The combination of a struggling team and an increasingly disinterested fanbase has led to some tough times for the New York Islanders. Perhaps as a result, the Uniondale-based team has seen its fair share of struggles over the past few seasons.
The Isles ranked dead last in attendance for the 2010-11 season, drawing just over 13,000 fans each game. Last year, New York ranked 29th in the league — only drawing more fans than the Phoenix Coyotes.
So it should come as no surprise that last October, the Islanders announced they would be moving to Brooklyn for the 2015-16 season.
A new arena (the Barclays Center) and an NBA partner (the Brooklyn Nets) to share with make Brooklyn seem like a good fit for the Islanders. However, with the highly successful New York Rangers and New Jersey Devils now in even closer proximity, many must be wondering if the move will work out in the end. The Rangers and Devils have solidified their own fanbases and recently met in the 2012 Eastern Conference Finals, while the Islanders have not made the playoffs since 2006-07.
Many cities throughout North America have been hungry for hockey for many years. Hartford, Conn., lost the Whalers in 1997 and have made various attempts to return hockey to the Nutmeg State. Events like the “Whale Bowl” show that there is still a lot of interest in hockey in the greater Hartford area.
Seattle has not seen professional hockey since the late 1960s, when the Totems called the city home. However, Seattle just found out that an NBA team will likely migrate its way up from Sacramento, which could spark interest in a new arena. With the closest team being the Canadian-based Vancouver Canucks, Seattle would love its own squad.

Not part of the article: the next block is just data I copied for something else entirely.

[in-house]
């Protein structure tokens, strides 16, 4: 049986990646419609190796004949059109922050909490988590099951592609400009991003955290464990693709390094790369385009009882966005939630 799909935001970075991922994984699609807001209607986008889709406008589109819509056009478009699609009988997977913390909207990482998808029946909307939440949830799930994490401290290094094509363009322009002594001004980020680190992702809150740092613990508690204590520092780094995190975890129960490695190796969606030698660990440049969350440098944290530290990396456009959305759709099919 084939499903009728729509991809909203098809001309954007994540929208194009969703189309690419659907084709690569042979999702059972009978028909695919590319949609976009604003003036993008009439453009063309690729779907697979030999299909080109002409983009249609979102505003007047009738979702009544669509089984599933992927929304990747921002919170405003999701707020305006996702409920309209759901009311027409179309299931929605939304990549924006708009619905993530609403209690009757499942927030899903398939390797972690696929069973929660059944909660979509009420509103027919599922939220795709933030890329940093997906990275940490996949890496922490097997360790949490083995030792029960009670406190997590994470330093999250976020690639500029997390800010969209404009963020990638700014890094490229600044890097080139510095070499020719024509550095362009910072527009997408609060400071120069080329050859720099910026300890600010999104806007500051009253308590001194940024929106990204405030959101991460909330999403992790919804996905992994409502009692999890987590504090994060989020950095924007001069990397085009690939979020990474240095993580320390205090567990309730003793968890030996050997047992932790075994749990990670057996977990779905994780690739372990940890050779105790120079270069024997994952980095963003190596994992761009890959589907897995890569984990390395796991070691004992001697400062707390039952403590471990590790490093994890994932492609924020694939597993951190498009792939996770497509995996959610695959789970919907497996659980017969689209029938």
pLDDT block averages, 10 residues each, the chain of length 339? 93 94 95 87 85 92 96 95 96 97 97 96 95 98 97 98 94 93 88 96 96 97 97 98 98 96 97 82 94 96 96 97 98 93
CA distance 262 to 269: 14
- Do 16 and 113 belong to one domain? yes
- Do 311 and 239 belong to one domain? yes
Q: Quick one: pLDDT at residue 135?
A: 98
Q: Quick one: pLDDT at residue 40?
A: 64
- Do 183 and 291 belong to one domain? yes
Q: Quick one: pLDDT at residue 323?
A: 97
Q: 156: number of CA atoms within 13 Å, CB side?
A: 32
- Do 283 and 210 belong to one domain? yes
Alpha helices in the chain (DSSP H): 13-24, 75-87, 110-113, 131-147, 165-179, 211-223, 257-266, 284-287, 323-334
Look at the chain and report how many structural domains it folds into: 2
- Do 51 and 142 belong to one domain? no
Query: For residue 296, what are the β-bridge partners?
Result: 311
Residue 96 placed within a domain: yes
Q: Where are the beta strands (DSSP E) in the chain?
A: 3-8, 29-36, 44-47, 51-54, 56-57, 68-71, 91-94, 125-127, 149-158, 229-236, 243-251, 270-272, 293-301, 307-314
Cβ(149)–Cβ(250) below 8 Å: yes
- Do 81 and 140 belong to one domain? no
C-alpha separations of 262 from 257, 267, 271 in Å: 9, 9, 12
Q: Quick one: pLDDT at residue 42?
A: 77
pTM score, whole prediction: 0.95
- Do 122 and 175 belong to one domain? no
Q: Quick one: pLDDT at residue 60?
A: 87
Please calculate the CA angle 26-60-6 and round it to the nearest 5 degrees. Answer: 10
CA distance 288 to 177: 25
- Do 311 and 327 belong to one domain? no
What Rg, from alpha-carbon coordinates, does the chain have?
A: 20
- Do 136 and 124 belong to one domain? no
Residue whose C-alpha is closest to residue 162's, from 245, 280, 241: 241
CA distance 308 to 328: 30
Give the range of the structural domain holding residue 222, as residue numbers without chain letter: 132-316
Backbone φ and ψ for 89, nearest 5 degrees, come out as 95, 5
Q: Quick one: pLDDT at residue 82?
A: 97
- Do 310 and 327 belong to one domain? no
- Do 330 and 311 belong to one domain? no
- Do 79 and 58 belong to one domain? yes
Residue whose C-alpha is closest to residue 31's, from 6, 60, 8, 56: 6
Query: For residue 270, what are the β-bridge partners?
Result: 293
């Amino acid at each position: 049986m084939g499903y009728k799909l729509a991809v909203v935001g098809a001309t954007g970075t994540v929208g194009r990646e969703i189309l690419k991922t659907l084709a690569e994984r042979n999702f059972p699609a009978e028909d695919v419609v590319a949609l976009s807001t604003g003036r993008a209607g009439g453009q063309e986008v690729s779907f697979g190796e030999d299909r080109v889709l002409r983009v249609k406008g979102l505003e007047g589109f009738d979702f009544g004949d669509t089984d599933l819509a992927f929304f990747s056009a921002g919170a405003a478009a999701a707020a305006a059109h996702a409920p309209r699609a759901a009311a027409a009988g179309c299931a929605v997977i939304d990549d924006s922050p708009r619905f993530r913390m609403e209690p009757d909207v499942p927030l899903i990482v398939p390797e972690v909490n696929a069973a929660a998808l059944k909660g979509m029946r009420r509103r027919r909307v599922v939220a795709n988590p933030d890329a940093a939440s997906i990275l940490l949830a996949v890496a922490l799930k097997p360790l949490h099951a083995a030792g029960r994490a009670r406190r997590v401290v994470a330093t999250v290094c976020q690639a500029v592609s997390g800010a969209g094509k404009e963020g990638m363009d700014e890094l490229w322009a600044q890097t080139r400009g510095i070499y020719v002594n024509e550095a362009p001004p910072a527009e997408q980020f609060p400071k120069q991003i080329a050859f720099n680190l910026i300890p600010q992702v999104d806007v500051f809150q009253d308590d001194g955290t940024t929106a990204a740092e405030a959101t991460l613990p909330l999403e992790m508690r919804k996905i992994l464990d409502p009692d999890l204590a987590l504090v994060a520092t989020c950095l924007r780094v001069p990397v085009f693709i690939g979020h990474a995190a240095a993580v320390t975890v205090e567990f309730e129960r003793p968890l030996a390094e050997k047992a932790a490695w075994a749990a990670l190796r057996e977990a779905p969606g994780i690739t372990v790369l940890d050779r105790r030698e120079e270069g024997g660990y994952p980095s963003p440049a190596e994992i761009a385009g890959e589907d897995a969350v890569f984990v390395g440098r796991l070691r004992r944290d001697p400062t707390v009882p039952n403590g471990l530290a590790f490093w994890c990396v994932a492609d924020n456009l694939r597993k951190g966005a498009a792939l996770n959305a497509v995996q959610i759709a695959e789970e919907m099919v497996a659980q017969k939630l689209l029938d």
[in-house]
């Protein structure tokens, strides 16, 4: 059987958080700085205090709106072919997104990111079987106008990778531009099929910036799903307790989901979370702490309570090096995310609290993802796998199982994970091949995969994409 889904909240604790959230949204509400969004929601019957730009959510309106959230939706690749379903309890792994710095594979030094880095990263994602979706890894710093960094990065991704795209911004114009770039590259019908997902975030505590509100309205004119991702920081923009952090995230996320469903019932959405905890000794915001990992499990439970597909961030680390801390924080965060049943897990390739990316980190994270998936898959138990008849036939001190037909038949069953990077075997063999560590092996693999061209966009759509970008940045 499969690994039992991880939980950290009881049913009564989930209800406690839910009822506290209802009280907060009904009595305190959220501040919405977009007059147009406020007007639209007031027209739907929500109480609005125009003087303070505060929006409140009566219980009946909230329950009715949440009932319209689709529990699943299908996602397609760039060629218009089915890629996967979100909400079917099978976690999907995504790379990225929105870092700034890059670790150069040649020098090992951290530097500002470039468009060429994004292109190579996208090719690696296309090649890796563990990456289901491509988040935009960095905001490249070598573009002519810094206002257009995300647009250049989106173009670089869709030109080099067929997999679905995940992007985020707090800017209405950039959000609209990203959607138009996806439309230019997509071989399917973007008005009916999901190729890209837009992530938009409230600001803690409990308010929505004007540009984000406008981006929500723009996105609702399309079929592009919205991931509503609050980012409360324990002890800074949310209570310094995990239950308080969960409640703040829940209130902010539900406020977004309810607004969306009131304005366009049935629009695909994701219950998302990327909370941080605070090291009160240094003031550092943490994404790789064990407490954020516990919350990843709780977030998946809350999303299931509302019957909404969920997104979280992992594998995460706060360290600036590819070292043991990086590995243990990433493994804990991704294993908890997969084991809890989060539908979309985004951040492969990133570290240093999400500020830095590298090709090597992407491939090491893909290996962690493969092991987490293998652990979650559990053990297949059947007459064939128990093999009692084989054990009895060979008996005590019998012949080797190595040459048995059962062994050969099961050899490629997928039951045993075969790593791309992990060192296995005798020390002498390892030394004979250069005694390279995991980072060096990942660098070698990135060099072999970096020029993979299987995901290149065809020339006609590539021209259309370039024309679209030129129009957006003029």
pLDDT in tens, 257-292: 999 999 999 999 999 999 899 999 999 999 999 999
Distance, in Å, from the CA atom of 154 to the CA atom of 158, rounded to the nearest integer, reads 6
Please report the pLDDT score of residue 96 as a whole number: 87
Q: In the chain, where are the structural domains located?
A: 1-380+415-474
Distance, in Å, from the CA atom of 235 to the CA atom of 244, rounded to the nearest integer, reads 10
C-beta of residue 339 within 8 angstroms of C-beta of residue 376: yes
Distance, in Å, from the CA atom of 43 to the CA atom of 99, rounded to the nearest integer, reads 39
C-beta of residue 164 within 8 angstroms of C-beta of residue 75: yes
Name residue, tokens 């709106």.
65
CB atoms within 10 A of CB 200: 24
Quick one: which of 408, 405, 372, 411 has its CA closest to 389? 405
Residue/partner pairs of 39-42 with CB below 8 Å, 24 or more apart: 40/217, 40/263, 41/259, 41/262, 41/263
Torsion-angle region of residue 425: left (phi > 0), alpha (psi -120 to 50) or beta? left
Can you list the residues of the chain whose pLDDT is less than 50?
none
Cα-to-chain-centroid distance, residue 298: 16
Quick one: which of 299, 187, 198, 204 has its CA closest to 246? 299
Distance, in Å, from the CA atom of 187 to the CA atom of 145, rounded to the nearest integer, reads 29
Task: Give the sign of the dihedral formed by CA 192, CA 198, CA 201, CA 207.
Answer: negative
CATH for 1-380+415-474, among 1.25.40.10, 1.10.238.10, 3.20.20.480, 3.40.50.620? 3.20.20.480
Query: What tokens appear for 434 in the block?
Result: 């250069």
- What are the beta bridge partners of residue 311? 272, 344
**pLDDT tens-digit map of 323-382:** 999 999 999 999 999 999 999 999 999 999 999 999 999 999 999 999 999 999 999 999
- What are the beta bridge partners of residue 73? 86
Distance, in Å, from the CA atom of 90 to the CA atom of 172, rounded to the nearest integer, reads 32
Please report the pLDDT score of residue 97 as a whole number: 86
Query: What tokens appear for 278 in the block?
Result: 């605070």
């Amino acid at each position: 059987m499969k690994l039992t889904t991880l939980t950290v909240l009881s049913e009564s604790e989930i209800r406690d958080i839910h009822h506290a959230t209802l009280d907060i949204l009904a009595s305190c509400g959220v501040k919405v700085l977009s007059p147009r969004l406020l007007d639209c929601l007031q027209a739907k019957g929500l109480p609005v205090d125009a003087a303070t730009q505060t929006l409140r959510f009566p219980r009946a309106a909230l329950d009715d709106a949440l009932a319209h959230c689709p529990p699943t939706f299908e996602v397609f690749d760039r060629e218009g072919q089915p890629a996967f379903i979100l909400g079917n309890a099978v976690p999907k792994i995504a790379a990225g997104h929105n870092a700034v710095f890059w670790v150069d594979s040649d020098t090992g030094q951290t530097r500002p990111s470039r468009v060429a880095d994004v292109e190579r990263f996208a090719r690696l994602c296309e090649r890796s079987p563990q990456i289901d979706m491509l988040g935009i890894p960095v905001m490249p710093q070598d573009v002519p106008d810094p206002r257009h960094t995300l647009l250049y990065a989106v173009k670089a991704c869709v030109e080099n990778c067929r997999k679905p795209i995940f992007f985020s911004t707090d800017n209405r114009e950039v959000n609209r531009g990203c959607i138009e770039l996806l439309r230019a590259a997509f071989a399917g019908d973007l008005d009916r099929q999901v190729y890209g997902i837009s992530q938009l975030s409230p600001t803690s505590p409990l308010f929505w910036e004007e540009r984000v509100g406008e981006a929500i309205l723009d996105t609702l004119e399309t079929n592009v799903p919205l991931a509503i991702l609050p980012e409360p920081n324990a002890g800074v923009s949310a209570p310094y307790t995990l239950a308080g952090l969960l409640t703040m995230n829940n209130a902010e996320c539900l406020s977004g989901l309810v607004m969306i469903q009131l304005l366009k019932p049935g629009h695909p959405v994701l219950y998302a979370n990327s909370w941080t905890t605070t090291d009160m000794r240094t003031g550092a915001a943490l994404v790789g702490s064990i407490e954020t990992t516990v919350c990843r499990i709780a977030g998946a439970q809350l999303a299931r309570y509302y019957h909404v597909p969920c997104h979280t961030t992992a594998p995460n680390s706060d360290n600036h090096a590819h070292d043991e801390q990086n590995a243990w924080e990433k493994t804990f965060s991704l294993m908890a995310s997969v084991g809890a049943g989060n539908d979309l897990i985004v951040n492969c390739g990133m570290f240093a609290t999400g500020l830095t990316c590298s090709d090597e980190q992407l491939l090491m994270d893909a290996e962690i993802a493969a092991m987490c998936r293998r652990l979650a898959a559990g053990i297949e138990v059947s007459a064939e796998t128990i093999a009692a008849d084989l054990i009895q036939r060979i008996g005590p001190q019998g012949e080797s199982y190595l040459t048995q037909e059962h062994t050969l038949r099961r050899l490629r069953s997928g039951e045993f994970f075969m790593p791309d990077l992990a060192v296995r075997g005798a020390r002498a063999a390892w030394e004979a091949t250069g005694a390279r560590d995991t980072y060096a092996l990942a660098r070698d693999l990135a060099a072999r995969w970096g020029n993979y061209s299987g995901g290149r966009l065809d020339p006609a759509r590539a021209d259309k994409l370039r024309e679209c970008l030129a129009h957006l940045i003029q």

Similarly, Quebec City has not seen hockey since the Nordiques left town in 1995. The team cited a language barrier and a lack of fan support in comparison to the nearby Montreal Canadiens as reasons for departure. However, former Nordiques owner Marcel Abut says he feels “confident” that a team will return to Quebec City sooner rather than than later. With a rumored $400 million arena potentially being built, that could make a return from the NHL a strong possibility.
With all of these various destinations making their case, it also must be mentioned that the Islanders could always just stay put. They have been located in Uniondale since their inception in 1972. They also build a dynasty on Long Island in the early ’80s while winning four Stanley Cups. Unfortunately for the Islanders, fans seemed rather indifferent following the team’s announcement of a move.
Regardless of where the Islanders play, only one thing will bring fans back: winning hockey games. With a six-year postseason drought ongoing, the Islanders must turn it around. Luckily, there’s hope — they currently sit two points behind Tampa Bay for the No. 8 seed in the Eastern Confernce.
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